HarperCollins, Sep 2001, 25.00, 310 pp.
When the invitation came from the Washington DC Museum of Asian Arts to provide a talk on Edo era kimonos, American expatriate Rei Shimura accepts. Not only is this a chance to speak on her favorite topic, the Tokyo antiques-buyer will visit her parents in California. As Rei transports the exhibit with her, she meets Hana Matsura and several other Japanese female tourists on the plane.
In Washington not long after the pan Pacific Ocean flight lands, an invaluable uninsured kimono is stolen from Rei and than someone murders Hana, who had Rei's passport at the time. With her former boyfriend lawyer Hugh Glendinning turning up and the police suspecting her, Rei begins making her own inquiries to prove her innocence at the same time she wonders why she cares so much for both Hugh and her wealthy Japanese boyfriend Takeo Kayama.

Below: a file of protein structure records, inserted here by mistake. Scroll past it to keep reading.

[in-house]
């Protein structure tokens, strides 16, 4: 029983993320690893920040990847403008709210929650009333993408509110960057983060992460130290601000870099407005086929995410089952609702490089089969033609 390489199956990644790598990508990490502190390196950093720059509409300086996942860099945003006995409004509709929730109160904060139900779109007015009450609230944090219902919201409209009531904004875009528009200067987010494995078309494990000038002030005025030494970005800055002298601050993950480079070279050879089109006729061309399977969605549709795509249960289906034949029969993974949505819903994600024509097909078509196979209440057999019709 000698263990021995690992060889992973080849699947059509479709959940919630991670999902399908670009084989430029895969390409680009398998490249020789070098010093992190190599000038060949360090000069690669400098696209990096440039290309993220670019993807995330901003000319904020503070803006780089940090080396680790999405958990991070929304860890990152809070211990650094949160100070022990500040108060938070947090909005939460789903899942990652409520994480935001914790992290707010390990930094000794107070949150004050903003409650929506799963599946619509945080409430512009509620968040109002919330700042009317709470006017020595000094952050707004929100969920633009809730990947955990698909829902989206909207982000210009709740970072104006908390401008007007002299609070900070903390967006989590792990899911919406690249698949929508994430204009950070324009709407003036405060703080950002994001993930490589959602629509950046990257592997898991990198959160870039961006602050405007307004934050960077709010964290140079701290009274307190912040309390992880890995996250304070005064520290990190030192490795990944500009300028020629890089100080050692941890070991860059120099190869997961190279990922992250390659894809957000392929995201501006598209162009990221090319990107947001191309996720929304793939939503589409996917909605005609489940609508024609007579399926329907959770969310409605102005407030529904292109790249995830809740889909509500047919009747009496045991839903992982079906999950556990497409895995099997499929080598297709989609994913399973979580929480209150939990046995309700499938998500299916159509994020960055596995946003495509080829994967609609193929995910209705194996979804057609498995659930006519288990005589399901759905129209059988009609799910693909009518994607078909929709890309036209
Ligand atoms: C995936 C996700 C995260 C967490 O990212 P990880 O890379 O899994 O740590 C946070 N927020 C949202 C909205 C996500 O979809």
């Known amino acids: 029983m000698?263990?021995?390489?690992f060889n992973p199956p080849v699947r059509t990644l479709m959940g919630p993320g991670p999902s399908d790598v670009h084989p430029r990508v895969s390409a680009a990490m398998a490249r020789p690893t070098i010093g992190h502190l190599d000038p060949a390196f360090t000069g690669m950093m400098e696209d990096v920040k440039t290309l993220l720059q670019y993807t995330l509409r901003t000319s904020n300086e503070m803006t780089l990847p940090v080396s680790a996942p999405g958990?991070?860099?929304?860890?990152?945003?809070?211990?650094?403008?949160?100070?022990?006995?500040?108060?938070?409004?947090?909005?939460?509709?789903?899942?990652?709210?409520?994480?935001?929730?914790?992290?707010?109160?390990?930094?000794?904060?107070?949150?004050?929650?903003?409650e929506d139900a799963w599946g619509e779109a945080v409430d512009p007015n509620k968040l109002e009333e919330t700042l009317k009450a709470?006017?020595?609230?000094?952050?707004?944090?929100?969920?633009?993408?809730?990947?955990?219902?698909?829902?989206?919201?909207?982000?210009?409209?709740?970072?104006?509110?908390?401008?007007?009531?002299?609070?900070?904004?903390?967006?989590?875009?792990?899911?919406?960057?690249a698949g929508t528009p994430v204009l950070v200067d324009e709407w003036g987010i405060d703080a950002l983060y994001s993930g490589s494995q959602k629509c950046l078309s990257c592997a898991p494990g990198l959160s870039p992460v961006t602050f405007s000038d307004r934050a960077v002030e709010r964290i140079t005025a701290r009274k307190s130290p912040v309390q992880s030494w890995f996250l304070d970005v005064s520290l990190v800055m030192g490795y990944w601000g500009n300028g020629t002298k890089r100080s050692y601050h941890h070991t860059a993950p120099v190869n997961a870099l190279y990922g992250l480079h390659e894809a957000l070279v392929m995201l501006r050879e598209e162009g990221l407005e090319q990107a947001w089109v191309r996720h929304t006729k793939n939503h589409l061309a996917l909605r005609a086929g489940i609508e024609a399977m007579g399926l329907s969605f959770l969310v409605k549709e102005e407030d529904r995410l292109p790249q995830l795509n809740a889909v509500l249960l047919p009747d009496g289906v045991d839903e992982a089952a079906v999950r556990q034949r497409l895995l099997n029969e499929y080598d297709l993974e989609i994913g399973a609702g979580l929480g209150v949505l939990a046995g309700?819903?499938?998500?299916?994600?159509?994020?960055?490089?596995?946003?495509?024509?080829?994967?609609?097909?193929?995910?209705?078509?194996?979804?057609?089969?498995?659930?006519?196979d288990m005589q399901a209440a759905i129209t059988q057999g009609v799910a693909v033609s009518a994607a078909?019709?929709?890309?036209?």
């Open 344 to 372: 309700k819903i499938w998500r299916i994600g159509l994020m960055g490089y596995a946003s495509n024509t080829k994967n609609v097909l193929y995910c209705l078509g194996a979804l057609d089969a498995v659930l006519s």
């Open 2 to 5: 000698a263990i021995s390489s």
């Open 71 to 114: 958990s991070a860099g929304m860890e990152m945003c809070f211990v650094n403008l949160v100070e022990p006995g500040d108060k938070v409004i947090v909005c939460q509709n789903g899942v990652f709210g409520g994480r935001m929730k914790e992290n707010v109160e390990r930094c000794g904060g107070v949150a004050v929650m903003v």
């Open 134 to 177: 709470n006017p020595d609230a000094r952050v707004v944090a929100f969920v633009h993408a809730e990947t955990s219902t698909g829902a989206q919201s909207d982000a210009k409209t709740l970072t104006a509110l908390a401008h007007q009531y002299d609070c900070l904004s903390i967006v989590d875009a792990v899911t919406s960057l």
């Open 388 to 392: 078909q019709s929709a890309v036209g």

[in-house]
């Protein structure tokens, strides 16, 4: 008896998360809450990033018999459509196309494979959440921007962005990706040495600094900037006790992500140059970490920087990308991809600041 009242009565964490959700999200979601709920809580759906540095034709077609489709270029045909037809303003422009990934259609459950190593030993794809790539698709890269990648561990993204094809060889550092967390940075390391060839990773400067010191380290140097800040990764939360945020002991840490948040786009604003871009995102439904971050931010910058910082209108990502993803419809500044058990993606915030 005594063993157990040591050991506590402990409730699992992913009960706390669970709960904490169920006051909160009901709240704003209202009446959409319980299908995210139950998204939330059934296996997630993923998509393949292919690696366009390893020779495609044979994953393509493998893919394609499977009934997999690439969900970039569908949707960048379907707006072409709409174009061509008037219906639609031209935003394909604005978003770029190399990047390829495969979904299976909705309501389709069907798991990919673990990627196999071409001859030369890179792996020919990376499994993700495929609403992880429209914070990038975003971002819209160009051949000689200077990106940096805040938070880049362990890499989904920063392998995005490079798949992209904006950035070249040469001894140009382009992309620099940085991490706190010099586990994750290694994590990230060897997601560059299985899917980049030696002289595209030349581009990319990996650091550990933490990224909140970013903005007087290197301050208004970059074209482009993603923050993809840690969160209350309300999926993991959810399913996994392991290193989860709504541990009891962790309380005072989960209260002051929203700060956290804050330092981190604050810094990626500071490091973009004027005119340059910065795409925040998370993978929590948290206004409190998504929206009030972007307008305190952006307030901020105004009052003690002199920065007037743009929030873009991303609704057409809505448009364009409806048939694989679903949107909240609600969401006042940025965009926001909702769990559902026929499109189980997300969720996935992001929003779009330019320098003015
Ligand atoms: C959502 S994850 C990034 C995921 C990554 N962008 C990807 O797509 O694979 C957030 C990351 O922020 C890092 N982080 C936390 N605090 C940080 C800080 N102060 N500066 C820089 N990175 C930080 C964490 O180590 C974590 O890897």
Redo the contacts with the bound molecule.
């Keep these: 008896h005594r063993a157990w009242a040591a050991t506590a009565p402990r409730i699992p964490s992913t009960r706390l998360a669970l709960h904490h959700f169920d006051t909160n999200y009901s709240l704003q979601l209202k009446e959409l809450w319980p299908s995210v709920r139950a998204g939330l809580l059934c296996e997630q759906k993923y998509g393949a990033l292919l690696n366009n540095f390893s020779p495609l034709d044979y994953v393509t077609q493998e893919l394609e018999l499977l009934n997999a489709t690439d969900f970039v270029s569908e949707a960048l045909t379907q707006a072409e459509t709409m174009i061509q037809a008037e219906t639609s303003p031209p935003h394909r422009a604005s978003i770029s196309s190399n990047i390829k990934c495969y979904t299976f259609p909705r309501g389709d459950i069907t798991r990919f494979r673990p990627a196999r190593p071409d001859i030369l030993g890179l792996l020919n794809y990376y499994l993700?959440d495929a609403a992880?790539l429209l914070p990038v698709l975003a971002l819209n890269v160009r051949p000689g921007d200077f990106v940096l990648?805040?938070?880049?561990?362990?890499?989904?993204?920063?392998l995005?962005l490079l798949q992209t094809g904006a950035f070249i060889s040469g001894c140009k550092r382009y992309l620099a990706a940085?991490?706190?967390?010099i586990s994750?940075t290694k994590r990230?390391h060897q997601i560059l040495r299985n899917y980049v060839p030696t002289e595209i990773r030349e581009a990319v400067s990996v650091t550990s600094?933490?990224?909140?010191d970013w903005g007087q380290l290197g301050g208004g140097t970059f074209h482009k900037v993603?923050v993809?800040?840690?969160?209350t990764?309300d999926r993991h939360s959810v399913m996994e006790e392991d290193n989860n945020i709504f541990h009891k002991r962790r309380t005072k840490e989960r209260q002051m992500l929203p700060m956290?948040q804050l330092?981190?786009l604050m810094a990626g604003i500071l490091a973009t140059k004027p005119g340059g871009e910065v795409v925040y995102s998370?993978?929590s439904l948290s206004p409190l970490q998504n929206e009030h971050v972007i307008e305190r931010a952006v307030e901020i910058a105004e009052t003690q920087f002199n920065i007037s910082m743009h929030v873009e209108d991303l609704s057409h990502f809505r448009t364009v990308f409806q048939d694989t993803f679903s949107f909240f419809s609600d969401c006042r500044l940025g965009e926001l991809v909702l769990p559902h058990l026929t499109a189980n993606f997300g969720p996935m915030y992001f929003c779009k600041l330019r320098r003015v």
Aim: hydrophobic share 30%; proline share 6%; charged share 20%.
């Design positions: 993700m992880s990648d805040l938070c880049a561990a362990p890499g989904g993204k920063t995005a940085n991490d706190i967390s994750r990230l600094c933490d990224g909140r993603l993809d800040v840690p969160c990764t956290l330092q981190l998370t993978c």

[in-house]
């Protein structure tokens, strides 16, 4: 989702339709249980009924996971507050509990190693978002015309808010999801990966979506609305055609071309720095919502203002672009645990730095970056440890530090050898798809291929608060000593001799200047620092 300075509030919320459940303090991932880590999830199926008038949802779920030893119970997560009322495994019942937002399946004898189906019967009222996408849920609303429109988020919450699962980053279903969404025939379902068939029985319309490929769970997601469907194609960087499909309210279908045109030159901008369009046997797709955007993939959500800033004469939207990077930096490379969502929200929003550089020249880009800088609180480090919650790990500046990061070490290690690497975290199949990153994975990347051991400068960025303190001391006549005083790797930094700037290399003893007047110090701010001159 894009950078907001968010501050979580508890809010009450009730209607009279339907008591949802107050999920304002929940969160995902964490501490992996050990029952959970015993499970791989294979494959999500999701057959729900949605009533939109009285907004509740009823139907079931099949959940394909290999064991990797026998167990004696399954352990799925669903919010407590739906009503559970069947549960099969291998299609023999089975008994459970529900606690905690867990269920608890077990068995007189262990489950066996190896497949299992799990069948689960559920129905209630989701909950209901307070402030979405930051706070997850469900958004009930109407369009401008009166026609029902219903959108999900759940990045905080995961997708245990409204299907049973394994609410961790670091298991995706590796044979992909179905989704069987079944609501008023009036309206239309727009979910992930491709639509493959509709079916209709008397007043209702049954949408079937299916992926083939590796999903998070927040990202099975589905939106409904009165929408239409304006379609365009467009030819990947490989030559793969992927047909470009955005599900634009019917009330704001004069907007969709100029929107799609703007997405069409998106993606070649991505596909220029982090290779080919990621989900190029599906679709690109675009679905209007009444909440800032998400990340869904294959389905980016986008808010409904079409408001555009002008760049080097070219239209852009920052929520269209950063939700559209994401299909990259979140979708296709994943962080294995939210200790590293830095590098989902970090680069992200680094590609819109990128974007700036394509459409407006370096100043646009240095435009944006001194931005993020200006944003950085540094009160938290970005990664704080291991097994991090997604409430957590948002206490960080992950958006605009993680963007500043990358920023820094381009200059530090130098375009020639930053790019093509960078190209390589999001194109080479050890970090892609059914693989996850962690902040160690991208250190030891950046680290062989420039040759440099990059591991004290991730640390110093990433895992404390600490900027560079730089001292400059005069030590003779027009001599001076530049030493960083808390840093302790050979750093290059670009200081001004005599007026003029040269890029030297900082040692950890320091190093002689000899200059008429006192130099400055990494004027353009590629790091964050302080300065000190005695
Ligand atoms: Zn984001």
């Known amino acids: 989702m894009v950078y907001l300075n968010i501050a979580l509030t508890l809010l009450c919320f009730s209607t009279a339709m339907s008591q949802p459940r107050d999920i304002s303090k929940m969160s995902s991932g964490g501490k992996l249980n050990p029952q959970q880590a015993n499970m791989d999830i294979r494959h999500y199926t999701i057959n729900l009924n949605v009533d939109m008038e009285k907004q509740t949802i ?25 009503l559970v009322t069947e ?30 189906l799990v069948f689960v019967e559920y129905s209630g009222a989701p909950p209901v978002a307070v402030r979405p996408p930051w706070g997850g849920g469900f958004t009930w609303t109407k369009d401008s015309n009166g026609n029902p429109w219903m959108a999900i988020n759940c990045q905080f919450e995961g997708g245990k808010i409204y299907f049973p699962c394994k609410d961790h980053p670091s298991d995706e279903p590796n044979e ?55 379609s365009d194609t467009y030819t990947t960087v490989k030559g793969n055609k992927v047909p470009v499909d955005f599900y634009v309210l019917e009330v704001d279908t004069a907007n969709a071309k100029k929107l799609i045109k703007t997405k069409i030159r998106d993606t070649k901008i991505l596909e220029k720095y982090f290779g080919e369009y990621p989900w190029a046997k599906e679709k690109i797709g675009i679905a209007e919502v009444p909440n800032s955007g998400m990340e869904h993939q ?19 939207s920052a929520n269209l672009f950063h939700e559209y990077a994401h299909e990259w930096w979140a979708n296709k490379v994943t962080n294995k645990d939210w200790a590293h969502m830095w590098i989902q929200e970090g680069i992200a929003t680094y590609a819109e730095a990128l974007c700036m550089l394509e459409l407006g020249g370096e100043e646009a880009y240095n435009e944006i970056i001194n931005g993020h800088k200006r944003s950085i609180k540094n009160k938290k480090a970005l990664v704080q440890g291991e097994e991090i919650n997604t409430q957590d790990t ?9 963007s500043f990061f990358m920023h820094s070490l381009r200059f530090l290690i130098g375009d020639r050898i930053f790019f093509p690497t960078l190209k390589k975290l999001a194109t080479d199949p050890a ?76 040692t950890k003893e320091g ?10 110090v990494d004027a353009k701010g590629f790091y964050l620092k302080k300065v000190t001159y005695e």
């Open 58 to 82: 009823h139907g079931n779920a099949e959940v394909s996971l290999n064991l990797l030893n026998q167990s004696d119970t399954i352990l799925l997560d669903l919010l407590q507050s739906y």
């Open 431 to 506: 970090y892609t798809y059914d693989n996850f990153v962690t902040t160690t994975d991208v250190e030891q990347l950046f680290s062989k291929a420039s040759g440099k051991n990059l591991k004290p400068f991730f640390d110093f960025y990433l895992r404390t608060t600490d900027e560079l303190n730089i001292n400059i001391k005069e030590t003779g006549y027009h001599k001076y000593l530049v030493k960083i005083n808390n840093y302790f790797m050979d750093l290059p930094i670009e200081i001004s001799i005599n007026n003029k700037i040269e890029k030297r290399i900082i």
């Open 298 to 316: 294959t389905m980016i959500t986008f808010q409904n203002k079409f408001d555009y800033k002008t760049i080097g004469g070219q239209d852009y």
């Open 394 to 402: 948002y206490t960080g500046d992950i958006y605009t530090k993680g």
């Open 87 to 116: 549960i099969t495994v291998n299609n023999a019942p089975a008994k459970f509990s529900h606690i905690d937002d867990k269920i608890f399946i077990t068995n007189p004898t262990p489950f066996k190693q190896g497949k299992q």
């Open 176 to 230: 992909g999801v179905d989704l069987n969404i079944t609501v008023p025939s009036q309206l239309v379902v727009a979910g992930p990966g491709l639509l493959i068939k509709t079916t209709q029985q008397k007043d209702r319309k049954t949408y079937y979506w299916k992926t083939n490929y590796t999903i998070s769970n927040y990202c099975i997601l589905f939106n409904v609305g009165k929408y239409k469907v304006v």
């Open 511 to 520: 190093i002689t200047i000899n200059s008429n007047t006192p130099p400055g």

Though an engaging insightful tale, the latest Rei mystery spends a lot of paragraphs on sidebars such as how to use a kimono and tidbits on shoguns and samurai. For those readers who enjoy engaging asides this enhances the who-done-it. For those who prefer a concentrated amateur sleuth tale with a subplot on cross-cultural relationships, these cultural insights take away from the plot. Rei retains her spunk that the audience observed in THE FLOATING GIRL. Thus how much a reader relishes Sujata Massey's latest amateur sleuth novel depends on how much depth the audience desires for the subplots.
This report prepared by Harriet Klausner